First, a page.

Polinsky argues that speech rate in heritage languages is highly correlated with proficiency level. In sociolinguistics studies, speech rate in monolingual speakers is found to be conditioned by social factors. What occurs when both proficiency and social factors vary? Is speech rate a valid measure of proficiency?
We use two automated methods of measuring articulation rate (syllables per second), cross-referenced to improve accuracy: an orthographic vowel count and an acoustic measure of amplitude changes from syllable nucleus to periphery.
Data and analysis:
Across 51 speakers, each recorded in an hour-long conversation in Heritage Italian, Russian, Ukrainian, or Homeland Italian, we calculate speech rate in more than 10,000 clauses.
Linear regression analyses reveal that articulation rate correlates with generation (since immigration) and age, but, surprisingly, not with ethnic orientation, sex or language. Age and generation are partly collinear in our sample, and models with generation fit better than those with age. We also find that articulation rate does not predict performance on sociolinguistic variables (voice onset time for stops, subject pronoun presence) in heritage varieties.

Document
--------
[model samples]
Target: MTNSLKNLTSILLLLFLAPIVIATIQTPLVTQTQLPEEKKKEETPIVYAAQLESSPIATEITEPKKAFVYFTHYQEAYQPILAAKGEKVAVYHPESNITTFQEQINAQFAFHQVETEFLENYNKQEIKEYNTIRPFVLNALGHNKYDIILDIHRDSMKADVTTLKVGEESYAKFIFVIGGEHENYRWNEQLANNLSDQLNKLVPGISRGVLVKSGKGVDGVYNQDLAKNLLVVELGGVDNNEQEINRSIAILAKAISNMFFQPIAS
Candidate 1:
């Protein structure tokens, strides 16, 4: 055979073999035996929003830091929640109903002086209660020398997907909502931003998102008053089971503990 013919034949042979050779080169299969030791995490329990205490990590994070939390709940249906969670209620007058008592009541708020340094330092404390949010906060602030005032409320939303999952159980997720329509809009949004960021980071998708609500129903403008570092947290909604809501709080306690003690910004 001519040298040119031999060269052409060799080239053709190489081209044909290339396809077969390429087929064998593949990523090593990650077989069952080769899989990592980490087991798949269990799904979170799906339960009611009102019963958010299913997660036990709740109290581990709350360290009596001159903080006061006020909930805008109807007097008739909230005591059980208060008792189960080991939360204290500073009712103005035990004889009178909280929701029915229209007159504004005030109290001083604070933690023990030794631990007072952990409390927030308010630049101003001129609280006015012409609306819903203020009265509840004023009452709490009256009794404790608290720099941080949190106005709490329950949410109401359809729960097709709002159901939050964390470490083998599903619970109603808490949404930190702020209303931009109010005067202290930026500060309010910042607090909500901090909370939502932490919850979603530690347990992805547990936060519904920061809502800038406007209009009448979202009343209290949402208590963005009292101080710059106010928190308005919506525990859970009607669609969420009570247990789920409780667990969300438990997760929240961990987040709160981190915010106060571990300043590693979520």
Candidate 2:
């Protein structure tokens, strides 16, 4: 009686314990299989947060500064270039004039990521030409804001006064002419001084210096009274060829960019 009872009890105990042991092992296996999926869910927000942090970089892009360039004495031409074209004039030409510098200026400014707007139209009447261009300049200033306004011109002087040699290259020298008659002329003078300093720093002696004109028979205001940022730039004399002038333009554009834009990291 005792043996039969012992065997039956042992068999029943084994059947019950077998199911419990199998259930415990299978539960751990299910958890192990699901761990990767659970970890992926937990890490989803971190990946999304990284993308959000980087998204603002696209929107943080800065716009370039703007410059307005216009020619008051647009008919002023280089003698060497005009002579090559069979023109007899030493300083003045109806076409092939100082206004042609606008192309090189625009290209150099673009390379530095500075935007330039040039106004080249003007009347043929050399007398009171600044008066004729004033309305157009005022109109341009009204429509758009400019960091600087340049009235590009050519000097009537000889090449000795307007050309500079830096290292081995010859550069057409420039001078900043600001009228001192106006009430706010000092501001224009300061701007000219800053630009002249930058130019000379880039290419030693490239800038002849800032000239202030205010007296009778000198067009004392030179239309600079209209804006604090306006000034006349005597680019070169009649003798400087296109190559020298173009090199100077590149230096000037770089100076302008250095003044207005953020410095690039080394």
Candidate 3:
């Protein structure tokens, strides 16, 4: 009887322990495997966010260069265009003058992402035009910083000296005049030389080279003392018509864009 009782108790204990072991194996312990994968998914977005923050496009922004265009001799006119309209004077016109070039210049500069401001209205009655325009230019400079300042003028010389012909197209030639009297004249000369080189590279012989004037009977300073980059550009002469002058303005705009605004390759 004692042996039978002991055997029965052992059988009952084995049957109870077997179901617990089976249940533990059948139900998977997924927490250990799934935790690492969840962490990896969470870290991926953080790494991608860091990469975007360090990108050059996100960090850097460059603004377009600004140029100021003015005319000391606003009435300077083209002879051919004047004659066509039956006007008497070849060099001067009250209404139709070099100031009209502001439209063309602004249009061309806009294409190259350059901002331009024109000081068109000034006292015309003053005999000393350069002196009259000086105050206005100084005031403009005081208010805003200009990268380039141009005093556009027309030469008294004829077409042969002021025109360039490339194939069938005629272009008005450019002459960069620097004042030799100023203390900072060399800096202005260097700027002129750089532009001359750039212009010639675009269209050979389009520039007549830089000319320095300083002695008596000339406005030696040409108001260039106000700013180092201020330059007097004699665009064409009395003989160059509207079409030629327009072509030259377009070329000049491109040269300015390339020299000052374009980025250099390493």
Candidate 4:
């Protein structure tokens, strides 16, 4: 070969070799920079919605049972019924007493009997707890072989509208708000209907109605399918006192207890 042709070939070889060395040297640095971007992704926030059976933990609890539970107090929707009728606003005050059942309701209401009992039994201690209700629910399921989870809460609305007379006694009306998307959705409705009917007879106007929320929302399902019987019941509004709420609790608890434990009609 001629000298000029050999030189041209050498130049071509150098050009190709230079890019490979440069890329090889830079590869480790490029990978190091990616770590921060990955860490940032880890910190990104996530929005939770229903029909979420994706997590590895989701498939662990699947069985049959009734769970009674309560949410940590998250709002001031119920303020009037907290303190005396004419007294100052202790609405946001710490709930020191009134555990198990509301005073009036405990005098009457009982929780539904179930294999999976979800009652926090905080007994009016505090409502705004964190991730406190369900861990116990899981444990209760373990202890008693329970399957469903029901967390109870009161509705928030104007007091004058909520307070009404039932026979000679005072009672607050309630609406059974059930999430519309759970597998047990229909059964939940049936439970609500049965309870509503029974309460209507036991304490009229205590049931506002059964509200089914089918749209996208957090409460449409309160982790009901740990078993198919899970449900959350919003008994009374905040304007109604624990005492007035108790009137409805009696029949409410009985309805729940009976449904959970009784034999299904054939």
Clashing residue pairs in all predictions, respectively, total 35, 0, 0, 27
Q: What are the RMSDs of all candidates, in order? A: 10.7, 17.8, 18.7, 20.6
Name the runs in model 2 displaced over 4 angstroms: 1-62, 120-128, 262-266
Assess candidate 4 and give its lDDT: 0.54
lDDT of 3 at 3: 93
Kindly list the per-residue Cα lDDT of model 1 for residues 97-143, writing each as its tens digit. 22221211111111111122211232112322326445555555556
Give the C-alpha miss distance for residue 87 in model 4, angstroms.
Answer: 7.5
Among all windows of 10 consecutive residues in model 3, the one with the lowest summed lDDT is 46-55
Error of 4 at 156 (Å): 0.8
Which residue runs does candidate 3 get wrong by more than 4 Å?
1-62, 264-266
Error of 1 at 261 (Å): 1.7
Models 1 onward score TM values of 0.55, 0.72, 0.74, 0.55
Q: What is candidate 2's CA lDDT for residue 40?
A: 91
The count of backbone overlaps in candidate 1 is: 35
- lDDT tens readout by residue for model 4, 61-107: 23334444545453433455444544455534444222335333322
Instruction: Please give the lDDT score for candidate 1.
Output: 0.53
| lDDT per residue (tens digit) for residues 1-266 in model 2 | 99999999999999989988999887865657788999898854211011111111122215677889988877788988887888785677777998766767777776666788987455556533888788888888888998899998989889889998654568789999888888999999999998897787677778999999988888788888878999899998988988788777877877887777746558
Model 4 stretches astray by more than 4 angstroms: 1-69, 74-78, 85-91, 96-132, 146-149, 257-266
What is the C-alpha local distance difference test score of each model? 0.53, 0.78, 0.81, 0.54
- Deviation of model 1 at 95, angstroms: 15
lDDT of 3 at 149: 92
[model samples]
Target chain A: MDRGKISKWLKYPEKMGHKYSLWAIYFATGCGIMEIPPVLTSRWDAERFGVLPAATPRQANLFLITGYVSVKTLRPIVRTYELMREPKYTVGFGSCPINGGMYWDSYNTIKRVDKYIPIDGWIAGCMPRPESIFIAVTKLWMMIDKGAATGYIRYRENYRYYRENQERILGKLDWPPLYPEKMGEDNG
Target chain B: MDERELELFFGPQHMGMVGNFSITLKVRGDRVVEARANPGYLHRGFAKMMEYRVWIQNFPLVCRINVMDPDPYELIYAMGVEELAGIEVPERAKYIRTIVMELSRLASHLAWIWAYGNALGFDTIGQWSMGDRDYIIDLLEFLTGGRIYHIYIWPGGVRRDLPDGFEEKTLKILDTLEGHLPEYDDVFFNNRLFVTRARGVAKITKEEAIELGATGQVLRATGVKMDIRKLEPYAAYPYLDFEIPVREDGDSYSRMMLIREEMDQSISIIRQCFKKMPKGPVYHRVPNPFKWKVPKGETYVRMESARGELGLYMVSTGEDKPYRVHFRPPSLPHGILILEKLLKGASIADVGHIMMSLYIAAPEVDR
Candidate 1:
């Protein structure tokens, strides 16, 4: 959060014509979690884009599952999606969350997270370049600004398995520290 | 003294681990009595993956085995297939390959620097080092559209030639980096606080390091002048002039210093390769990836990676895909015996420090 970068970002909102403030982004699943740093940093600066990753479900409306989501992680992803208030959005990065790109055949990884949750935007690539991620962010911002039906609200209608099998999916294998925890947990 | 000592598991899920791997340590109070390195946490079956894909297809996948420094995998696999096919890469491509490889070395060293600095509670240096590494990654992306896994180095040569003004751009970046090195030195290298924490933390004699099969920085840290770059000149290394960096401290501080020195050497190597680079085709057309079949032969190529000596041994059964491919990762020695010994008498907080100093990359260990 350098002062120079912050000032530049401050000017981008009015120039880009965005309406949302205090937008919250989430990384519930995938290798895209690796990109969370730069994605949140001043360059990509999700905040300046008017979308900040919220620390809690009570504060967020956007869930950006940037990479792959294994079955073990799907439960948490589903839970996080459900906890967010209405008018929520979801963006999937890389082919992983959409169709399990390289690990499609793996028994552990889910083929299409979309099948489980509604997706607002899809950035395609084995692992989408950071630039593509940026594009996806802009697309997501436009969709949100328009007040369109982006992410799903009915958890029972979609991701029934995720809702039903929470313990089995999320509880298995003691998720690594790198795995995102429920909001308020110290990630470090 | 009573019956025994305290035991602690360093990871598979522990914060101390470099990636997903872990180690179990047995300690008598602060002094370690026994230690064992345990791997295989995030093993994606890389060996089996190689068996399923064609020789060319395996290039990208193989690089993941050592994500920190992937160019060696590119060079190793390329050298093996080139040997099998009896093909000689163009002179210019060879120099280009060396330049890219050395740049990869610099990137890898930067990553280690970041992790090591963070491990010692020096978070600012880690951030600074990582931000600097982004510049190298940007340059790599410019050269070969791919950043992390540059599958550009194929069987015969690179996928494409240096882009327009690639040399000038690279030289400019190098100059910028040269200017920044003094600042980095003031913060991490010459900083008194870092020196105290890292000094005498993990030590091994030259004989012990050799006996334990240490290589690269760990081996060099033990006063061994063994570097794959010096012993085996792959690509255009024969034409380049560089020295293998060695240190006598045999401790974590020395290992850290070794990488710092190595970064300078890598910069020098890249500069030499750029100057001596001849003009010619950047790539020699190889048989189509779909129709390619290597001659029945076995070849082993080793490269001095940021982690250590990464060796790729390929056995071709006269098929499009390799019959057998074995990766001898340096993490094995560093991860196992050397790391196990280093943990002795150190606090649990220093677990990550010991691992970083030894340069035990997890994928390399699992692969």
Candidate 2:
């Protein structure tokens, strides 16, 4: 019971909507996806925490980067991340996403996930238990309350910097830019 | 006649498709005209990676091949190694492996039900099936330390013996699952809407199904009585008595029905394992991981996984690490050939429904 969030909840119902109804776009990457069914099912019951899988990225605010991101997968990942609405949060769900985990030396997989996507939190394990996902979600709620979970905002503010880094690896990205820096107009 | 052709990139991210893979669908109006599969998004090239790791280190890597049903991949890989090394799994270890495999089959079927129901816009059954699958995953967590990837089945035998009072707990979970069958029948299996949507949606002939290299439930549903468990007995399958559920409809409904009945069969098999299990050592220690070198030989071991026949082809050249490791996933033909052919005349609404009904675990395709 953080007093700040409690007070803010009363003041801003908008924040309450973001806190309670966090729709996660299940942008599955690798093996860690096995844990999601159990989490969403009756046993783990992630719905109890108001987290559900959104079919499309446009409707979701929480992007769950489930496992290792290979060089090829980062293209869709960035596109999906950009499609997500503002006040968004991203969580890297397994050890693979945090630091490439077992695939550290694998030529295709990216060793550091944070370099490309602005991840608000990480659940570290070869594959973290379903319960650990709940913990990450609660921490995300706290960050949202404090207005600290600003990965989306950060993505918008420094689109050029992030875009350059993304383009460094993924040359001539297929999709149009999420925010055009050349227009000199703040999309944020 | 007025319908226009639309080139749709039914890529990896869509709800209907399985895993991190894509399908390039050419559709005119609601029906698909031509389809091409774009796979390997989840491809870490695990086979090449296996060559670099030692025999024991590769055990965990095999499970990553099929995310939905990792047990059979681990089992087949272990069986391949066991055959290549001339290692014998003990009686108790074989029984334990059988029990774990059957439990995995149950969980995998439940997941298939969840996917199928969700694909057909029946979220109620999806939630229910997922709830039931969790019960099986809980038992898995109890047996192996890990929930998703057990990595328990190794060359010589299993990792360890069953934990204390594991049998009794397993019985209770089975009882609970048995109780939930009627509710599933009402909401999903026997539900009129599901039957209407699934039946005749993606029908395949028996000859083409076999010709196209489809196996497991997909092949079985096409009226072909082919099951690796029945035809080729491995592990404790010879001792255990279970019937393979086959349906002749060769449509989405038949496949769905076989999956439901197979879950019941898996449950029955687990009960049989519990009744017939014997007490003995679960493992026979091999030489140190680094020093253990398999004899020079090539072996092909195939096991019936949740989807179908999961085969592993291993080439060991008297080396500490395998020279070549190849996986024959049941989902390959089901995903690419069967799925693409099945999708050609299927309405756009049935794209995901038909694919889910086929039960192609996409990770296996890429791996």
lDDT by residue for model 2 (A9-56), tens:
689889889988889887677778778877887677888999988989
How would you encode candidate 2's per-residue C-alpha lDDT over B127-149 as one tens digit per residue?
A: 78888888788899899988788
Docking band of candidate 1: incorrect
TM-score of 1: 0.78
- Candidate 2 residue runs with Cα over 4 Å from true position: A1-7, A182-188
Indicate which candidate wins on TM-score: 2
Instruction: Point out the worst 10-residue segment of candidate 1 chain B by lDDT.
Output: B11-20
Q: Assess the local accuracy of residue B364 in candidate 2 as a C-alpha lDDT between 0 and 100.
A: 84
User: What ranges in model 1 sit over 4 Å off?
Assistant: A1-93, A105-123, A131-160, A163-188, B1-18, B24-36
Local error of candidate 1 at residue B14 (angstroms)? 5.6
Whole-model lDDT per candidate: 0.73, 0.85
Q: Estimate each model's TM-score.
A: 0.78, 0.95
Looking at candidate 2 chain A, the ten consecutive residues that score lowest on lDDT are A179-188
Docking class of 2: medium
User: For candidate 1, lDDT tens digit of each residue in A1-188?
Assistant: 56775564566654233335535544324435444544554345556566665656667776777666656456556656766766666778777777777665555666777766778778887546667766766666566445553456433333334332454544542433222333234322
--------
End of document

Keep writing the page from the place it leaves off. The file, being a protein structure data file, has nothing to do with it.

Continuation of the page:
This study compares two ways of calculating articulation rate automatically, examining whether speech rate is a viable stand-in for proficiency when social factors and proficiency vary independently. We resolve several obstacles to using articulation rate as a stand-in for more labor-intensive proficiency measures in spontaneous speech data.
These findings suggest that speech rate is a valid proxy for heritage language proficiency. The factor with the strongest effect is generation since immigration (indicating the dominant language in the speaker’s childhood community). The effects of the social factors are complex but must be considered in order to interpret the proficiency measure accurately.